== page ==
So once you’ve displayed these behaviors, you can be diagnosed and treated. The doctors often tell you side-effects of medications and how often to take the meds, but in my experience, they rarely explain what your diagnosis means, perhaps instead offering you a handout on bipolar disorder, or advising you to check a reputable website.

They don’t tell you what to really expect with your disorder.

They rarely tell you mania doesn’t always look like a euphoric high, that it can look like your worst nightmare, with major irritability and lashing out to loved ones without you knowing why.

They don’t tell you that you can have mixed episodes, which involve a mixture of depression and mania.

They don’t tell you the “minimal” effects, like weight gain or drowsiness, affect many people — and can be real and life-altering. For example, drowsiness I’ve experienced as a side-effect of Seroquel doesn’t just make me tired, it turns me into a non-functioning zombie for days at a time.

They don’t tell you there’s no silver bullet when it comes to meds, that what you try first will rarely work. That you’ll be playing medication roulette until you find the right combo. Yes, that’s right “combo.” It’s not often you’re only put on one medication to control your symptoms.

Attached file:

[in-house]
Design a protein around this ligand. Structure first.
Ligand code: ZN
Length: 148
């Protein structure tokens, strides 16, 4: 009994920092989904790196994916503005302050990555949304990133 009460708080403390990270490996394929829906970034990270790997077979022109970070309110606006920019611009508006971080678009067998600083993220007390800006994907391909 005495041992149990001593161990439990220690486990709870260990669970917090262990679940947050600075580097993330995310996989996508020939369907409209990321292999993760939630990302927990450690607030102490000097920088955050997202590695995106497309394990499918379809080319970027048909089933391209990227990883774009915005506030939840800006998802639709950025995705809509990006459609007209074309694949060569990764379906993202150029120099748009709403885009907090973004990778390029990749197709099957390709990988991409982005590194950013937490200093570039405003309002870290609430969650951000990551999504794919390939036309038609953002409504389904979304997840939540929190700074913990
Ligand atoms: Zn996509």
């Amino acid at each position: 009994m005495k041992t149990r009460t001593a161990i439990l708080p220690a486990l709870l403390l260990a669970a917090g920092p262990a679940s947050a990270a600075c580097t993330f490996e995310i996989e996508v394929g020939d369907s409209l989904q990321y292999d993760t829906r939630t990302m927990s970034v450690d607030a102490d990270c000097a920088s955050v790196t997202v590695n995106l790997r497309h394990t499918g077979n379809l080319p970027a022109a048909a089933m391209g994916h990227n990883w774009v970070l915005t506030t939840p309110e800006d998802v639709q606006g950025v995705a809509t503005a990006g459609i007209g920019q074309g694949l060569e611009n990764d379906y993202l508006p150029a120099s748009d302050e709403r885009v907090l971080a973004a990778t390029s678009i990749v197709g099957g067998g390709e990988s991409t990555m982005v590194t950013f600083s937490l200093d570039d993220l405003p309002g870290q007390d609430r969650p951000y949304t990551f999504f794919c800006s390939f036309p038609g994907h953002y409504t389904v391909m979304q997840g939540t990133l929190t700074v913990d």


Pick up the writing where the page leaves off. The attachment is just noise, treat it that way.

Nowhere was it mentioned to me that you might miss your highs and struggle to stay medication-compliant because your creativity is gone and you hate it.

This sounds gloomy, I know, but there are also positives to a bipolar diagnosis they don’t often tell you about.

They don’t tell you you’re joining the ranks of awesome people, like Carrie Fisher, Vincent van Gogh, Catherine Zeta-Jones, Russell Brand and Demi Lovato — oh, and myself.

They don’t tell you just how awesome it can be to finally have a name for what you’re going through.

They don’t tell you how wonderful a night of sleep can be once you’re on the right dose of medications.

They don’t tell you how wonderful life can be once you’re free of the demons in your head.

They don’t tell you being bipolar is not a death sentence, that you can live and thrive with it, no matter how you feel at the time of diagnosis.

They don’t tell you there is hope of recovery and remission of your symptoms. Well, maybe they do tell you that, but you might have missed it, reeling from everything else they told you. And it never hurts to be reminded of that.

So those are some things your doctor might not mention.

It never hurts to do your homework and research your diagnosis, because knowledge is power. The more informed you are as a patient, the better you can advocate for yourself. And that’s really the best thing a person with any illness can do.

Image via Thinkstock.